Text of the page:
Rockey Farms plants flowering strips in its fields to serve as a nectary for both beneficial insects and pollinators, although pollinators are not necessary for tuber production. The strips attract beneficial insects, those that serve as a defense against aphids, a disease spreading vector, and thrips, a minute black winged insect that feeds on potato leaves. The strips provide the beneficial insects with habitat to complete their life cycles and supplement their nutritional needs.
Pests are not entirely eliminated, but there is a balance in the predator/prey insect population. Bees, butterflies, wasps, beetles and other pollinators forage the flowers selected to bloom throughout the season.

Rockey Farms maintains a functional seed potato program under biotic Integrated Pest Management (IPM). Seed potato growers must comply with Potato Virus Y and other disease tolerances. Flowers are keeping the seed potato lots in compliance both in the fields and in the Rockey Farms greenhouse. In the latter, beneficial insects are released and able to reproduce because of nectar rich flowering plants dispersed among the potatoes growing in biologically amended potting soil.

The flowers eliminate the need for insecticide applications on the farm.

Companions

After witnessing the benefits of plant diversity in his cover crops, Rockey Farms decided to attach two Gandy boxes to its Grimme potato planter to incorporate companion plants - Desi Chick Peas, Field Peas, Chickling Vetch, Fava Beans and Buckwheat - into the fresh market and seed potato crops. The flowering, legume heavy mix fixes nitrogen, supports phosphorus mobilization and creates beneficial insect habitat, which is crucial for successful biotic IPM.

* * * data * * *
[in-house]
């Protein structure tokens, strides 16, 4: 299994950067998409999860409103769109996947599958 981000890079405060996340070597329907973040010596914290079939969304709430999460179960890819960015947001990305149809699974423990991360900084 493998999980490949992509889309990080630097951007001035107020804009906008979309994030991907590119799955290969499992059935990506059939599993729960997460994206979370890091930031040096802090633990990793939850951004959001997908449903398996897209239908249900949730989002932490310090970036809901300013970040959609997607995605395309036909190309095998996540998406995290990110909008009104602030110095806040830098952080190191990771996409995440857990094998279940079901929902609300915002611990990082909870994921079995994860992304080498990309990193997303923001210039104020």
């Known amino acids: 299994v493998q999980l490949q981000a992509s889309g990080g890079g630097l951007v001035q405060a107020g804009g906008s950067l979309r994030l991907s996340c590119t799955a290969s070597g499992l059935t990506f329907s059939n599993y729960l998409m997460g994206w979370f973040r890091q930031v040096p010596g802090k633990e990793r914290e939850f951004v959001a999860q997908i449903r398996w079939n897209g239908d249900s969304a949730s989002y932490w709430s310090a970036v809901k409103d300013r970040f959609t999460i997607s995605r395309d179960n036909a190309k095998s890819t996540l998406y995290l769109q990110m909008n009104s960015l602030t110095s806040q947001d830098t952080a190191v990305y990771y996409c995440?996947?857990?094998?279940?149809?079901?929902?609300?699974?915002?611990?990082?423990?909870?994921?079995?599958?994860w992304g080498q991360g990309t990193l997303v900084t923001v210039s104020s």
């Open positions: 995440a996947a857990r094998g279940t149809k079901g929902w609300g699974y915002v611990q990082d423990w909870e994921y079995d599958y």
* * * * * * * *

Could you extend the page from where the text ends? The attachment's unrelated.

Colorado State University partnered with Rockey Farms to test the effectiveness of companion plants on potato virus control. The research concluded companion plants provide potato crops with a Potato Virus Y defense.

 

Biotic vs Organic

Rockey Farms is not certified organic because of economic priorities pertaining to potato storage and product marketability.

Today, these priorities dictate the use of a conventional vine desiccant. Until a reliable and stable organic vine desiccant is available, Rockey Farms will continue to use their available resources.

Learn more about the synthetic and non synthetic substances permitted in organic agriculture:

The National List of Allowed and Prohibited Substances

 

Tillage and Tractor Passes

The crop Rockey Farms grows is underground, and a machine digs the crop up every fall. Although there are no-till potato practices, they are not appropriate for Rockey Farms because of the labor and material costs required to produce a crop at their scale. Biotic practices, which include shallow discing after the cover crop is grazed to prep the soil for potato rows, are mitigating the damage deep tillage does to the soil.

Rockey Farms mechanically manages weeds. After the potatoes are planted, a tractor is used to rod weed and cultivate the potato rows for a total of three passes.

Mechanical weed management eliminates the need for herbicide on the farm.

 

Pro Biotic vs Anti Biotic

There are two different ways to farm: Pro Biotic and Anti Biotic. The following slides demonstrate how Rockey Farms uses a pro biotic approach to grow potatoes. Brendon developed these slides for his presentation that he shares with farmers at home and around the world.

 

Pro Biotic

Tending to promote, enhance or nurture life

 

Anti Biotic

Tending to prevent, inhibit or destroy life

 

 

Rockey Farms partnered with White Mountain Farms, Mosca, Colorado, in 2012 to create White Rock Specialties, LCC. The joint enterprise operates a potato packaging warehouse and its seed potato headquarters in Mosca.

The two farms also own and operate Colorado Quinoa, LCC. The company provides San Luis Valley quinoa growers with the resources to have their crop processed and sold.

Rockey Farms was awarded the 2014 National Potato Council Environmental Stewardship Award and the 2011 Colorado Association of Conservation Districts Farming Division Conservationist of the Year Award for its biotic practices.

In 2016, the National Association of Conservation Districts named him a Soil Health Champion.